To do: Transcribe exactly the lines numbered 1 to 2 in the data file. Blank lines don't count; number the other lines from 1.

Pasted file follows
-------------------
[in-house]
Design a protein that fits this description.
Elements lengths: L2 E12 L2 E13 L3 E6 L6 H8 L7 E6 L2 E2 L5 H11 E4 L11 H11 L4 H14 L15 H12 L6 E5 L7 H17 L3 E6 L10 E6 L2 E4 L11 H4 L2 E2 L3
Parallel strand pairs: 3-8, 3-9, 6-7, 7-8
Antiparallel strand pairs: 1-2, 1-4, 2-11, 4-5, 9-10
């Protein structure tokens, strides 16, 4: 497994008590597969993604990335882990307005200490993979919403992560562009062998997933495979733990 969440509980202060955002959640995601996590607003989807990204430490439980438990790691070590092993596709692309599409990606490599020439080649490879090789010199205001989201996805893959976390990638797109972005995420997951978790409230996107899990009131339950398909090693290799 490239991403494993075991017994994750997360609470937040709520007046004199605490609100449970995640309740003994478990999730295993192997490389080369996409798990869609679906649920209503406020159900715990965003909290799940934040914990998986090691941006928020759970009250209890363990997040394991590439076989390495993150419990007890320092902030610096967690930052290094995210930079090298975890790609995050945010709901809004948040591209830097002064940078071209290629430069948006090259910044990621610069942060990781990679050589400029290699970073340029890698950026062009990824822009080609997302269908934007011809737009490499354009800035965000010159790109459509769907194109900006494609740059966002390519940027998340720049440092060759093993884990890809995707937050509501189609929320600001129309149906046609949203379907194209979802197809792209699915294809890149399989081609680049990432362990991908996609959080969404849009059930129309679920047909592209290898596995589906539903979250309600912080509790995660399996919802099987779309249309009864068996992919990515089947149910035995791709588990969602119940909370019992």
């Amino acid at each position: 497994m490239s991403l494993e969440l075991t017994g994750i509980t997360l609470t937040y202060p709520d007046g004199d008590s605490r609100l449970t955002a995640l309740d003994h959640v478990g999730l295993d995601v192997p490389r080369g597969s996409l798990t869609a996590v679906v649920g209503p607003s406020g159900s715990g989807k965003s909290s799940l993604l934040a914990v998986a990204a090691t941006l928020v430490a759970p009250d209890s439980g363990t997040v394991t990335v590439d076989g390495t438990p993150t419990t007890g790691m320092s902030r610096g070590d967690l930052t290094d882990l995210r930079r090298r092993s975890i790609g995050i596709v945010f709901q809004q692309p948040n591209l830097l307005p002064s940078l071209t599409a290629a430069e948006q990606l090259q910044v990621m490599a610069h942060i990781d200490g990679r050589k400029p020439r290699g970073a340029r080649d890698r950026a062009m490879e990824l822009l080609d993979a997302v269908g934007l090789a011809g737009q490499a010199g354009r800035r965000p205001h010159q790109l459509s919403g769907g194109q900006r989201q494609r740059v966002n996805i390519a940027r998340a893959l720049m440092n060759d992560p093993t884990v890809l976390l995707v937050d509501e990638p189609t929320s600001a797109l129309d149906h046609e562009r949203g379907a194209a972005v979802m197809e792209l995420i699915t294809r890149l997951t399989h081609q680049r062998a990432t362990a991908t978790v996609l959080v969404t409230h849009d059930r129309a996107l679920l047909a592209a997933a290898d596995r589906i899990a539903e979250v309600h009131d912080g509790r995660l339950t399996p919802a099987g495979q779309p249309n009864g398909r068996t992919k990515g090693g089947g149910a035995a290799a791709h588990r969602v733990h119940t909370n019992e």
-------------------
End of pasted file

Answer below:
[in-house]
Design a protein that fits this description.